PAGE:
I read the news today. O boy.
Nick GoodmanAbout this blogger
No – not one of The Beatles’ finest tunes but really, the news. It was a bit bleak. I think maybe it’s a bad idea to look at the news anyway in January – it's cold and wet, the festivities are over, we are reflecting back on missed opportunities and things we could have done differently, the year ahead looms large, we have set ourselves too many unrealistic goals like job, diet and lifestyle changes, and as week 2 kicks in things are starting to wobble. But this January seems a particularly bad time to look at the news. Politics aside and whatever the colour of your flag, it was an uneasy year. Most of us don’t like ‘big change’ or at least ‘big change with no clear idea of what that change is going to look like’…and 2016 had a lot of that. And it’s continuing. The European referendum, party leadership upheaval, skulduggery and discontent of all shades, European leadership uncertainty and the rise of the far right, the US election and apparent new age of literally being able to say whatever is needed to get elected or to get a result, fully knowing that it is a lie or cannot be delivered (e.g. Mexican walls, £350m new money for the NHS), the refugee crisis, terrorist atrocities beyond comprehension, earthquakes and other natural disasters…I am not going to list it all. But it’s not good.
And when we hone in on the health sector – literally every day there is a new alarm bell going off. Again January is never the best time to take a snapshot of what is going on in the health sector. I am 46 and I don’t think I can recall a January when we were all saying how well we were getting through the winter months and how on top of things we are. But still. In the past 48 hours the Red Cross have declared NHS A&E a humanitarian crisis and the Government is gently manoeuvring the language to, critics would say, relax what we have been told for years are the targets. More broadly, the health sector is we know undergoing the most significant change programme seen for many years and the general consensus seems to be that we are still heading down on the curve before it will, we are told, level off and then start showing improvements from all the change. Friends and family who work in health tell me how stretched they are and how tough it is.
MES works primarily in and for the health sector and so we are particularly tuned into this news. It’s good in the sense that I think we are pretty aware and we ‘know our stuff’, but sometimes…well…it’s just a bit much. I want to cover my ears and go ‘lalalalala’. But that’s not very mature and also not really in keeping with what we do.
Our ambitions as a business are pretty simple. In 2016 we summed up our first decade as ‘10 years of better conversation’. That is what we are trying to do ourselves and what we try to encourage and enable our clients to do with their patients, stakeholders, staff and public at large. Conversation and consultation is an exchange of ideas and views. That leads to better, more informed decisions and shared ownership of those decisions, and then better outcomes. It really is that simple. Sure no decision is going to be popular with everyone, but at least people will respect the process and see that they have been provided opportunity to have their say and that people been heard and influenced final decisions.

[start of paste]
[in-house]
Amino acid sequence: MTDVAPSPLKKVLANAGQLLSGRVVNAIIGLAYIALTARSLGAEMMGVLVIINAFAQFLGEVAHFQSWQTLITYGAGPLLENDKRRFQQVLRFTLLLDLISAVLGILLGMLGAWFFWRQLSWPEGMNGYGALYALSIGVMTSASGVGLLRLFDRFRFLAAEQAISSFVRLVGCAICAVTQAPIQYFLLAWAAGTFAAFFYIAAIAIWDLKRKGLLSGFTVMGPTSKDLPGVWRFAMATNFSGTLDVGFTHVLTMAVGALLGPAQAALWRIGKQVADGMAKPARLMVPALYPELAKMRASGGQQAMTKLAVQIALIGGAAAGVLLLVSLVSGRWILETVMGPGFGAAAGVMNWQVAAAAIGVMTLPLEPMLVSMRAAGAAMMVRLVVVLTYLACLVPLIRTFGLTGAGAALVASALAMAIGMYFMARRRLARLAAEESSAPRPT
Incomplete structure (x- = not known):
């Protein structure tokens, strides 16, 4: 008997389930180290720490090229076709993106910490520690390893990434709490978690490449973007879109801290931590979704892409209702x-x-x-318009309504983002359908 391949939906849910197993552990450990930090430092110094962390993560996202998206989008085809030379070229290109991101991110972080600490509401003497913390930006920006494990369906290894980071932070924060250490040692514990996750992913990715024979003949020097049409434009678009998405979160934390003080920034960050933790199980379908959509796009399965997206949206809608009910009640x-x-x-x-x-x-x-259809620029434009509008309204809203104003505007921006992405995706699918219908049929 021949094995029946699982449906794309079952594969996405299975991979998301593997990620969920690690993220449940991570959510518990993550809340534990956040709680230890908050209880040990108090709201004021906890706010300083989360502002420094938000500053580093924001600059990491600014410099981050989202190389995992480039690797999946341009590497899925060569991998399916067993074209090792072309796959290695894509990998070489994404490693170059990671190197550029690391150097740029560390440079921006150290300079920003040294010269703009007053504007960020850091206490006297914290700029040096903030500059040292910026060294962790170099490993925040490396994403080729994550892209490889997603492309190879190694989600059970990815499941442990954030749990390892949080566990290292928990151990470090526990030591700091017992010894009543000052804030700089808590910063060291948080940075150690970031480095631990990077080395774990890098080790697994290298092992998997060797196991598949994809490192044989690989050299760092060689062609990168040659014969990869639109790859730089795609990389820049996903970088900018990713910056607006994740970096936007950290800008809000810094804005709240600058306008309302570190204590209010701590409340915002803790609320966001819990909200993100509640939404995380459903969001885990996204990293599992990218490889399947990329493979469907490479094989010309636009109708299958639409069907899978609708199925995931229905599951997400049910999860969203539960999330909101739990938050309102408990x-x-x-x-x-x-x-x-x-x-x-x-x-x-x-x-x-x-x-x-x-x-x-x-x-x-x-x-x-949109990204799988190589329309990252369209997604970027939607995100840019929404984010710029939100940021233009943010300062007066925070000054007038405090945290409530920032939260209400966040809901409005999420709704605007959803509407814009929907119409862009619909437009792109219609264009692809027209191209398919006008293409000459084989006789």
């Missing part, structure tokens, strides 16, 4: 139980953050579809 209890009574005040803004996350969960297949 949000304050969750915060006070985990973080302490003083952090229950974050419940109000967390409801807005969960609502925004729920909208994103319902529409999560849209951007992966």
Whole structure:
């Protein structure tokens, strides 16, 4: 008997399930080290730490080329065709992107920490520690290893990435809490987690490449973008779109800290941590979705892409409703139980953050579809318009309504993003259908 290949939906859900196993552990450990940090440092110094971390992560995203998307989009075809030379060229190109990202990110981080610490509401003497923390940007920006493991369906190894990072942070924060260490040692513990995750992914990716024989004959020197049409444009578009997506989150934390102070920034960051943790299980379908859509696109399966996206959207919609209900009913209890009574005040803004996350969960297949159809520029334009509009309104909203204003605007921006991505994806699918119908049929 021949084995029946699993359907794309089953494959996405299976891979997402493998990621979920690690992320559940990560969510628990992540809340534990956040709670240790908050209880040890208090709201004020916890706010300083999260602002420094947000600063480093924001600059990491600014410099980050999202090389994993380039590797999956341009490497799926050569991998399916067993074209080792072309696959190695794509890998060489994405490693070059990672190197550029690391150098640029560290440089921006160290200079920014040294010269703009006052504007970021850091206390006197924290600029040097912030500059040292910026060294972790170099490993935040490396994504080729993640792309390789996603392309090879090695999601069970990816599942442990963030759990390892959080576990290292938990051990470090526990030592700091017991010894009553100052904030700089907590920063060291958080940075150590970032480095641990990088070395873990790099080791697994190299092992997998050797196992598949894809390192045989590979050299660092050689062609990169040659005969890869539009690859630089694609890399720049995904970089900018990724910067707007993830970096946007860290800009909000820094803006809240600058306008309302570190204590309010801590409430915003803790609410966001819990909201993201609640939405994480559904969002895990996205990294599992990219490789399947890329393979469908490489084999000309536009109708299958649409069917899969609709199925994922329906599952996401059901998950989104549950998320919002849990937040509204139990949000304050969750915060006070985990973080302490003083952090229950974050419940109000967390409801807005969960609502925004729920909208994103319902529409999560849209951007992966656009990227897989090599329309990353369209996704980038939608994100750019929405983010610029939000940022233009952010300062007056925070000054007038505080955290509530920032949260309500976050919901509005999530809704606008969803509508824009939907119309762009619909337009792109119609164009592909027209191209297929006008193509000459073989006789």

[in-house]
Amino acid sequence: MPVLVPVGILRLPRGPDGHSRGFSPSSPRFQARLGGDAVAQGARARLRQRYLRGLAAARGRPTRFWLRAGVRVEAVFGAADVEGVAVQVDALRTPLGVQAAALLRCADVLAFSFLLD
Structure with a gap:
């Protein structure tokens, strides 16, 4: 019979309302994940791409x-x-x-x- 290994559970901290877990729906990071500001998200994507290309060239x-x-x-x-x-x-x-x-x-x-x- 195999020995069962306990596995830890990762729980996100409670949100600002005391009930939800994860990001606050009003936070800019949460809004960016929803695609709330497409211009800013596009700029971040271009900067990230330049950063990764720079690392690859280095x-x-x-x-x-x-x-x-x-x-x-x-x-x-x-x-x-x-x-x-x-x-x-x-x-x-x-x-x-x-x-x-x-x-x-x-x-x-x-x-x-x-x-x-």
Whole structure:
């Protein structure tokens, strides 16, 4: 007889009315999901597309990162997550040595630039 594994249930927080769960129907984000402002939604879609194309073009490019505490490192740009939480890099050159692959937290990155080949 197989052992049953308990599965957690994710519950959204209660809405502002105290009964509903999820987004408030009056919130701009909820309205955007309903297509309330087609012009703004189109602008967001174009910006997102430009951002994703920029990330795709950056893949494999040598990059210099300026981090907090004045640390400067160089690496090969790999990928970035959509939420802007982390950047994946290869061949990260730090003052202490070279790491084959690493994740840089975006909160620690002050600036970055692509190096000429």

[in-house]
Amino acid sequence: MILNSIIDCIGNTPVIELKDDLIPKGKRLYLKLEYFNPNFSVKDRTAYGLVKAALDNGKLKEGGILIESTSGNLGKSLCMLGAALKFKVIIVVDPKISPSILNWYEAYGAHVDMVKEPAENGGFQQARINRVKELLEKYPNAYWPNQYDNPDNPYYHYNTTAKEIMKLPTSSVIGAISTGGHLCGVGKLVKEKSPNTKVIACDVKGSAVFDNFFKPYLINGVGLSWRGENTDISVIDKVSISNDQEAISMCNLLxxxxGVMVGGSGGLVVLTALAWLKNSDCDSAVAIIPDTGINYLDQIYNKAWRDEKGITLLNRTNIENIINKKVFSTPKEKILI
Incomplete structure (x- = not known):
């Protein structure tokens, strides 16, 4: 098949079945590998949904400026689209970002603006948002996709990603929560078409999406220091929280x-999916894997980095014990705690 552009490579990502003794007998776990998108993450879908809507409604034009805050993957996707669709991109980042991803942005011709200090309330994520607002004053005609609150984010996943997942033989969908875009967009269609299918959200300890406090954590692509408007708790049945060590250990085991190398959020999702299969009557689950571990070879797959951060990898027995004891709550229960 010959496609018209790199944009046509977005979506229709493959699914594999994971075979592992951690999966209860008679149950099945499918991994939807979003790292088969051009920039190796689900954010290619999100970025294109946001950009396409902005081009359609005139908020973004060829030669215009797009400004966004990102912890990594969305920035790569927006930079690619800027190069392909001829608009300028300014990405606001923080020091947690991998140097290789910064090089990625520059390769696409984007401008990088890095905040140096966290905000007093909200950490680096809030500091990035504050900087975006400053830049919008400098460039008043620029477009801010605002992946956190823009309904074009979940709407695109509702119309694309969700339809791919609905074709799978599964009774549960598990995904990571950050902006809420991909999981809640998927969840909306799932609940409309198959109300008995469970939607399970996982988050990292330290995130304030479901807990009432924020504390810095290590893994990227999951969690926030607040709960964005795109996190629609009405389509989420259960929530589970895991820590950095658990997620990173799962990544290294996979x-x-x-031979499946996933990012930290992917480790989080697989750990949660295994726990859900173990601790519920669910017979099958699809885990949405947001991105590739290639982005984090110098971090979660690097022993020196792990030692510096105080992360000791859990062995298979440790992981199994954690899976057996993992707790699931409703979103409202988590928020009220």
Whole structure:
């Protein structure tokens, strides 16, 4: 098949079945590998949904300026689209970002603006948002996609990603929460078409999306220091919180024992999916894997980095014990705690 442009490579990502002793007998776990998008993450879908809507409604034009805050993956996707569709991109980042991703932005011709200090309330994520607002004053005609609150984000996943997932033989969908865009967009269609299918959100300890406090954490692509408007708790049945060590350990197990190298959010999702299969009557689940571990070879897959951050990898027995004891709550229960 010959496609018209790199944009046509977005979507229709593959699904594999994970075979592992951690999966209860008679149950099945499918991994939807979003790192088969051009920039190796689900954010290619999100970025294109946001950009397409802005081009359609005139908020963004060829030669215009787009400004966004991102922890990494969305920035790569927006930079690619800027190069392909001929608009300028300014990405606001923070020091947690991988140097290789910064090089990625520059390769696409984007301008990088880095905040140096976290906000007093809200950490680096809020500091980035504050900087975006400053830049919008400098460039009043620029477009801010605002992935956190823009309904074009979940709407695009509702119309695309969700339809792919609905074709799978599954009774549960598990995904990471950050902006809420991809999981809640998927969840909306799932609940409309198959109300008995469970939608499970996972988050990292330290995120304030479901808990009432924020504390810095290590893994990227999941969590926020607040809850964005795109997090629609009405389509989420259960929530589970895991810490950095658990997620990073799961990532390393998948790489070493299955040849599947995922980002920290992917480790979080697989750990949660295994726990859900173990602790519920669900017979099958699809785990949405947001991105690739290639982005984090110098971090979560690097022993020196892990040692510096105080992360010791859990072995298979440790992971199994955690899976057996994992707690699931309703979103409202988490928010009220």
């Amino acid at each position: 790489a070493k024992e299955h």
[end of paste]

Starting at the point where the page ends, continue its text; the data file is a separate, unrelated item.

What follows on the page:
Leaders in the health sector talk a good game when it comes to consultation, engagement, discussion, feedback etc. You hear a lot of it at conferences and one day seminars. In the audience I feel energised – this is great! The penny is dropping, people get it and are going to seize those fine words from the podium and go out to hear what people have got to say, consult like mad, incorporate into decision making and see wonderfully democratic decisions follow. People are asking great questions, making good points and giving every sign that they are ready for this if they are not already doing it.
But as I leave the conference halls and seminar rooms, I see those ambitions evaporating. The copious notes people have taken are going to stay in their free gift bag on a shelf in their office. They’re going to get to work and have 101 new priorities and tasks and this stuff will become a distant memory.
It doesn’t have to be so. We can do this. WE CAN! But we need to walk the walk now. STPs need to start talking to the public properly and putting those conversations at the centre of their activities. NHS Foundation Trusts need to start using their 2 million members to find out what they think to service redesign, what to be weary of, new ideas and identifying pilot groups. CCGs need to start talking to their local communities and panels. Hospitals need to read some of the patient experience feedback coming back and action it. Many of these things are probably not huge costly or ground-breaking. And in fact I would suggest starting small - but start demonstrating that the conversations are having an effect. If people see their involvement as having an impact they will want to do more of it. And will be a good resource for you at a time when resource is scarce.
So my hope for the health sector as we continue through these choppy waters is that as they tackle each item on their ‘to do’ list, leaders and managers stop to think ‘are we having a conversation about this with service users and should we?’ And if not, put that conversation at the centre and use what you are hearing. Don’t be scared – you never know what you might hear or learn.
On a lighter note, I find the following sorts of activities help enormously. Truly:
Read this: The best thing I read in 2016
Eat some of this: Particularly tasty chocolate
Watch this: 5 minutes of musical genius (I was there!)
Happy new year! In case you missed it do watch our festive video. It will take you less than two minutes!Back to blog posts